Historian Ben Goossen has a fascinating blog post up at Anabaptist Historians about Abraham Esau, one of the leaders of Nazi Germany’s nuclear energy program. Esau was charged with–twice–war crimes involving his participation in the plundering of an electronics company in the Netherland.
Despite being called an unrepentant Nazi by his fellow scientists, Esau was embraced by Mennonites after World War II. Folks from MCC, including the academic dean of Bethel College, supported his release from prison, and he was welcomed back into Mennonite society, in part because of his translation of The Story of the Mennonites. The respectability of Mennonites helped him “rehabilitate” his image, while his status as a scientist was something that Mennonites could boast of. As Goosen writes, “Denominational connections outweighed even known Nazi collaboration.”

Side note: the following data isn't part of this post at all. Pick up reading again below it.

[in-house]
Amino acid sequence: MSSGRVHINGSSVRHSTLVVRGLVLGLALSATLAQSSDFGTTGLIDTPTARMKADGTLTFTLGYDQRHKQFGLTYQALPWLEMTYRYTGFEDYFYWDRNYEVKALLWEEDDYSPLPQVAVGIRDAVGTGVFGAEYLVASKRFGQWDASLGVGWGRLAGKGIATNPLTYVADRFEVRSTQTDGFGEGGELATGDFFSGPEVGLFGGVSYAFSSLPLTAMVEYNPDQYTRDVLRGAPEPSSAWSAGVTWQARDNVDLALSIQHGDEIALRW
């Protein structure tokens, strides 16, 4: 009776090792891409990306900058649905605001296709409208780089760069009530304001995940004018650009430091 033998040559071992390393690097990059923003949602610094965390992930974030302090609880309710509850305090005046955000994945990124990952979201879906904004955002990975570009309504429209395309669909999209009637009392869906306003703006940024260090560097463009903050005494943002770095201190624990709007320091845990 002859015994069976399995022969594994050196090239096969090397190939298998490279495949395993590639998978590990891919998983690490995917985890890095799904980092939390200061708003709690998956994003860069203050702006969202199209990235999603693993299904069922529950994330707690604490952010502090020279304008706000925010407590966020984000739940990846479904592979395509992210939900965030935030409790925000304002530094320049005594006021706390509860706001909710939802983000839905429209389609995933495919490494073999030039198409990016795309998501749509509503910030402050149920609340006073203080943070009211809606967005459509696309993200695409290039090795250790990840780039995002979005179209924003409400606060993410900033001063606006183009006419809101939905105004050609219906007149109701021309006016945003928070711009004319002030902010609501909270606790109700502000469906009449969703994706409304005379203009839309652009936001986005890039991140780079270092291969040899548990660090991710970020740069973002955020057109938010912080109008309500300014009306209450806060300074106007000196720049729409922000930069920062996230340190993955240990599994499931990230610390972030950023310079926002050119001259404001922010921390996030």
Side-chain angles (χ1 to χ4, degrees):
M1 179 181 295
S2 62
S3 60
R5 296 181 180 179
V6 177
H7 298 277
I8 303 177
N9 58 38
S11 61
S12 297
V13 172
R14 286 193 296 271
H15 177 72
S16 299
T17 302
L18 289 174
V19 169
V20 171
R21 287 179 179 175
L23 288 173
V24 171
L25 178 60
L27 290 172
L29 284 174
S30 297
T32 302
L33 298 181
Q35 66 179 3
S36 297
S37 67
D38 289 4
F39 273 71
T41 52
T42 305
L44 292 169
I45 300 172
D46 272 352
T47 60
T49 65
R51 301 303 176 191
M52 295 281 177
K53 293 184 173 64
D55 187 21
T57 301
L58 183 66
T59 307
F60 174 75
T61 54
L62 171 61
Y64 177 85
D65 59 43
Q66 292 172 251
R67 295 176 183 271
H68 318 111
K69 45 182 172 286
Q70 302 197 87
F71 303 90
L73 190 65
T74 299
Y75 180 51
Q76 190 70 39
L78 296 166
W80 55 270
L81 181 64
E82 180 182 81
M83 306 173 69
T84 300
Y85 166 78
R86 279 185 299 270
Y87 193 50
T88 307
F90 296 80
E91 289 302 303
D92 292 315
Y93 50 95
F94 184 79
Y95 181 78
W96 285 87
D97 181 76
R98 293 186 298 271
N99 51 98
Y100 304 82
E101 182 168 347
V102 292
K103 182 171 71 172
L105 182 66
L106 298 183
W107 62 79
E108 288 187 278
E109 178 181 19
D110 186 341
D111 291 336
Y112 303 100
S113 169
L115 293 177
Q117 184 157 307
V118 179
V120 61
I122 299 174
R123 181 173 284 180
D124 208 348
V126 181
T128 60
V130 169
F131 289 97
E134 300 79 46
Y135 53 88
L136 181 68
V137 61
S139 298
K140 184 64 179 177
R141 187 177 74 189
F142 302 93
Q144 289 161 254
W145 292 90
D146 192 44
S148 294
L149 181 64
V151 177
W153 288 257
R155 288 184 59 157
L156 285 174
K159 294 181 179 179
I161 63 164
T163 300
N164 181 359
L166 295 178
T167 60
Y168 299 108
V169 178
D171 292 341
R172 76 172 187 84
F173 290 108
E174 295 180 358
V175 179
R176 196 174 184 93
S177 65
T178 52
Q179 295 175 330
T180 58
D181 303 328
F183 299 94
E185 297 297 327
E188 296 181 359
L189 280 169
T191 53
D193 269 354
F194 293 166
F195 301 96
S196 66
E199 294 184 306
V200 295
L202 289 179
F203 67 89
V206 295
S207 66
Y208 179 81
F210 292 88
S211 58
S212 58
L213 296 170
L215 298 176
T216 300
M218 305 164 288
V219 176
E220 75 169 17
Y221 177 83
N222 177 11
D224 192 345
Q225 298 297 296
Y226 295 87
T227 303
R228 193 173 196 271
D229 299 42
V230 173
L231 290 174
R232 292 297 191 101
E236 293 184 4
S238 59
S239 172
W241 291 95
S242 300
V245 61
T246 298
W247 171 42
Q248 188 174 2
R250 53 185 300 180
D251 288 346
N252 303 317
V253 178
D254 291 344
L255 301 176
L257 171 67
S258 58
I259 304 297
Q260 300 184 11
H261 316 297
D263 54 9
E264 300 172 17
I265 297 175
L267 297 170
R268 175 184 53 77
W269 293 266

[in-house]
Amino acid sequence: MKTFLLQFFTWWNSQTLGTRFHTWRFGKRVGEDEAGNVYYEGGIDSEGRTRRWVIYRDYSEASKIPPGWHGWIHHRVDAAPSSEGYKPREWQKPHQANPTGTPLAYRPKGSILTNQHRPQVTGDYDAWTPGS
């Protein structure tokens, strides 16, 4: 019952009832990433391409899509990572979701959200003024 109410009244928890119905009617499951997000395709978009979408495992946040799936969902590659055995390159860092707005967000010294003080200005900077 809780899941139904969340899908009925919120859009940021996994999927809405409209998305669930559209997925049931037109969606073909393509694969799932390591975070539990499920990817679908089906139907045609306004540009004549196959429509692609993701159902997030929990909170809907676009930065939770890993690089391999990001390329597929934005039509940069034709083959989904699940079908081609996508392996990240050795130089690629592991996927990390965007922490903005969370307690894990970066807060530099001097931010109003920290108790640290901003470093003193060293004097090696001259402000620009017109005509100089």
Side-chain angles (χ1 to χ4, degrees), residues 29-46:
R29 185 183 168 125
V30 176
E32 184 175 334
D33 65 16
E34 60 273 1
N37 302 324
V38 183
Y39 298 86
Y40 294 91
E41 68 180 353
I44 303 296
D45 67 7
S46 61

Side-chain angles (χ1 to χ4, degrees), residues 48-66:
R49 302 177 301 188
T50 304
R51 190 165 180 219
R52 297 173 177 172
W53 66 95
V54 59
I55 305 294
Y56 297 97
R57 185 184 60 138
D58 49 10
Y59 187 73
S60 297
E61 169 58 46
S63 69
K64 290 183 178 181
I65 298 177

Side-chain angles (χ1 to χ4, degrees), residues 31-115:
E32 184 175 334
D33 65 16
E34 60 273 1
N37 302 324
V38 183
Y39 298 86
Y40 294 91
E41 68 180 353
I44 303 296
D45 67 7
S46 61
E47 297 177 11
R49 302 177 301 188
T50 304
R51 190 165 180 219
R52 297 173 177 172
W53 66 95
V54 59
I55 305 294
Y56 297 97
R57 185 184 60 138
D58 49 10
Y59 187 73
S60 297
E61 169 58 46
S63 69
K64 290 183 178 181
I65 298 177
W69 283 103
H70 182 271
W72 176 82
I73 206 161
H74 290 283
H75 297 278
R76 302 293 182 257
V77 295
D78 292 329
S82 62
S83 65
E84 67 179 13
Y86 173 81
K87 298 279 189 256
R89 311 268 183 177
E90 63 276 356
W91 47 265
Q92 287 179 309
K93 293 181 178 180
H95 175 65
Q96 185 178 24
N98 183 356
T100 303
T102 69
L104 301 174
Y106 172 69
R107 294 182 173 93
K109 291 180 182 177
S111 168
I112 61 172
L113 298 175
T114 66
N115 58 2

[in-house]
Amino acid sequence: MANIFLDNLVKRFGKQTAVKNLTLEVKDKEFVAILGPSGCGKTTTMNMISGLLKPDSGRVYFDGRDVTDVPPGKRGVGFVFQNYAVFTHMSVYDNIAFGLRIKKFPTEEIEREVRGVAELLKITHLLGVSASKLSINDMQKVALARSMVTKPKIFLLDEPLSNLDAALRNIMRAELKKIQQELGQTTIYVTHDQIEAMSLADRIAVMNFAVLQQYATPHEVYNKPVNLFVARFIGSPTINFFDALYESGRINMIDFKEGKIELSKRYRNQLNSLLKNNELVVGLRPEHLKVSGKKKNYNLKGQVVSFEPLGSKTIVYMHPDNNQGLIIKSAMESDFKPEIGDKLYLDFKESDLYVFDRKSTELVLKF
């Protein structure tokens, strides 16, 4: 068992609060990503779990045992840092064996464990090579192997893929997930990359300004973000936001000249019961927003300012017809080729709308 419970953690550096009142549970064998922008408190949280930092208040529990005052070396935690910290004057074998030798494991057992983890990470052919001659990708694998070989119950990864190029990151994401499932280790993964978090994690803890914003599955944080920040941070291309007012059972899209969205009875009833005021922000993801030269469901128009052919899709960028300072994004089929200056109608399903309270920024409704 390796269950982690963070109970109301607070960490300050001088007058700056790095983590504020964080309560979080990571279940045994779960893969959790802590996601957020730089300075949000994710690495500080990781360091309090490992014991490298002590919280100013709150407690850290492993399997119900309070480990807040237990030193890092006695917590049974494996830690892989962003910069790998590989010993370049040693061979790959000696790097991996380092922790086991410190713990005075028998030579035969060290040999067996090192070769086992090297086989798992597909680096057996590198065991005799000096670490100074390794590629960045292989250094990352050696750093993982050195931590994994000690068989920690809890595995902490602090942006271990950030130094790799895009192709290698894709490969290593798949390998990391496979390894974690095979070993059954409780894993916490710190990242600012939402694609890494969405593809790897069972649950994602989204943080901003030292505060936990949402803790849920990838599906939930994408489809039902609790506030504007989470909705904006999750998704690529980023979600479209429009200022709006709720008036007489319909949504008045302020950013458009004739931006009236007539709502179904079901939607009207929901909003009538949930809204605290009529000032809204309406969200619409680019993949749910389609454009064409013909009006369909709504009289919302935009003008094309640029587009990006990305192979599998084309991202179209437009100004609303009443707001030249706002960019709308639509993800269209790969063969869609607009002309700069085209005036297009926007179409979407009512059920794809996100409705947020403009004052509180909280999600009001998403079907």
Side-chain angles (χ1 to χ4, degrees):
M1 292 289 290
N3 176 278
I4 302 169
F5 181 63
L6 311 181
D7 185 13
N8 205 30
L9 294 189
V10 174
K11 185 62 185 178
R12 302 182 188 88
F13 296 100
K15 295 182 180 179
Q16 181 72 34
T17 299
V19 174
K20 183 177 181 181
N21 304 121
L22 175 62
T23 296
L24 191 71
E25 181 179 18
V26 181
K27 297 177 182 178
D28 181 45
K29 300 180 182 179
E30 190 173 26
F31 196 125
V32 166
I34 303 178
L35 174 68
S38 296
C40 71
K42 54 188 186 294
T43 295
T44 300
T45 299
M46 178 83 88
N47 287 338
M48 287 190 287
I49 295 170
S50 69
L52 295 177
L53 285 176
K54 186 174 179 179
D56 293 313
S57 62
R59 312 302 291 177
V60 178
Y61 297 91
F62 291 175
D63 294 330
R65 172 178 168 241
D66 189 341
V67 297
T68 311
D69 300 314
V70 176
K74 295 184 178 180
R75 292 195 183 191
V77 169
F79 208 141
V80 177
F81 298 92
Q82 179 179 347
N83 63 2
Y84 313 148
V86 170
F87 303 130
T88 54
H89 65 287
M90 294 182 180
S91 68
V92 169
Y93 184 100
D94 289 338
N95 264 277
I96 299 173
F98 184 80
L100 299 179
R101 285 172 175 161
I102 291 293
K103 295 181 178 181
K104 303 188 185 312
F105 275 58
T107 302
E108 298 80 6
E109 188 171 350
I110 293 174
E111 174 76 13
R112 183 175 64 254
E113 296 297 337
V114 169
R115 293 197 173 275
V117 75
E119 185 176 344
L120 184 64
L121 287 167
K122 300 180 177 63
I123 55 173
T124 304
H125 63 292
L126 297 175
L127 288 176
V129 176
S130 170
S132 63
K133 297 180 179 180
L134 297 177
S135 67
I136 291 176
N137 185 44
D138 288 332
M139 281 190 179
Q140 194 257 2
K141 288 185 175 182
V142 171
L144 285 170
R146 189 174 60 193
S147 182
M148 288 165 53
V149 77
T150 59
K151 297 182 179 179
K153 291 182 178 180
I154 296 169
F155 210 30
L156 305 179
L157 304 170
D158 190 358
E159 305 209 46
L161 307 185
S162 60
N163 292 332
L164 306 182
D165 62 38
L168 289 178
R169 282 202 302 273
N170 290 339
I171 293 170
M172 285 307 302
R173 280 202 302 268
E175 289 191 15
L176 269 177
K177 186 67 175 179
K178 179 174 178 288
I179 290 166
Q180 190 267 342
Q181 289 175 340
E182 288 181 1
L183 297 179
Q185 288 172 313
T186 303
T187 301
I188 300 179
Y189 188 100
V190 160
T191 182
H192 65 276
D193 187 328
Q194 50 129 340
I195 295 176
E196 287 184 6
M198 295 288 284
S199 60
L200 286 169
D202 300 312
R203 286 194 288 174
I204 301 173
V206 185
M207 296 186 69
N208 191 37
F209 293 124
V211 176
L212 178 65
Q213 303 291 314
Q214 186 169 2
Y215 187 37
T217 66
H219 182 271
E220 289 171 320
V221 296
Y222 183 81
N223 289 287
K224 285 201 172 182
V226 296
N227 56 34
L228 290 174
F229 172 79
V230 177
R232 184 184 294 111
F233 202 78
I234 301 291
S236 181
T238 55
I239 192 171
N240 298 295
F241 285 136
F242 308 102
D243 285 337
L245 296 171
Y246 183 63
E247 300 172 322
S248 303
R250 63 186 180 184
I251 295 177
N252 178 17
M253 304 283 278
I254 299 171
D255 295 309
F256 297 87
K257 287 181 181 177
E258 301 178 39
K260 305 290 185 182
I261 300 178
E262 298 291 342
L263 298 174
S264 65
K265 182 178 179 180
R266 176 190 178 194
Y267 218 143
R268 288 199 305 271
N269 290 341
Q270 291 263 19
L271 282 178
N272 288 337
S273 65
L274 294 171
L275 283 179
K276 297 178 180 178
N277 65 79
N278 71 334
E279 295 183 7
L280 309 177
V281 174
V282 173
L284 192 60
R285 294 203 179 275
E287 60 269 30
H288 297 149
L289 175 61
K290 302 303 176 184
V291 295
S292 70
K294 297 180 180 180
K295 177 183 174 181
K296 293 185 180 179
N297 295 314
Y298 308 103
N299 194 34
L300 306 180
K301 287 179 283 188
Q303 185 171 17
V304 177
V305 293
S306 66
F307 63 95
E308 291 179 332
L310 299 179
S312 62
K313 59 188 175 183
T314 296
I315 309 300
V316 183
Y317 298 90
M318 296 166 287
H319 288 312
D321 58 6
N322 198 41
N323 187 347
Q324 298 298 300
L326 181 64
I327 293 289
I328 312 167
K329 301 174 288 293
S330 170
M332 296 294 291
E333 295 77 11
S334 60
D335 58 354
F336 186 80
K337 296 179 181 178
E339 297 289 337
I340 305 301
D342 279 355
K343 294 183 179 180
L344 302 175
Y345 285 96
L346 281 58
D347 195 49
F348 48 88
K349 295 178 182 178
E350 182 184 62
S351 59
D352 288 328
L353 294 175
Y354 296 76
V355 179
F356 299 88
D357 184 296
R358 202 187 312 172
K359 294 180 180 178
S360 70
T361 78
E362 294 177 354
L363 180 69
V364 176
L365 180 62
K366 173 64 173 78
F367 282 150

Which raises a larger question, one that Goosen explores in much of his work:
Mennonites in North America, Europe, and around the globe might reflect on this history of perpetration and denial. Why is it that European Mennonites like Esau found collaboration with Hitler’s genocidal regime so easy and desirable? How could North American Mennonites then so breezily cover for their coreligionists, without raising serious concerns about crimes they might have committed? Abraham Esau’s case may require special soul-searching, given his direct and significant role in the Nazi war machine, as well as his broader impact on the global rise of nuclear weapons.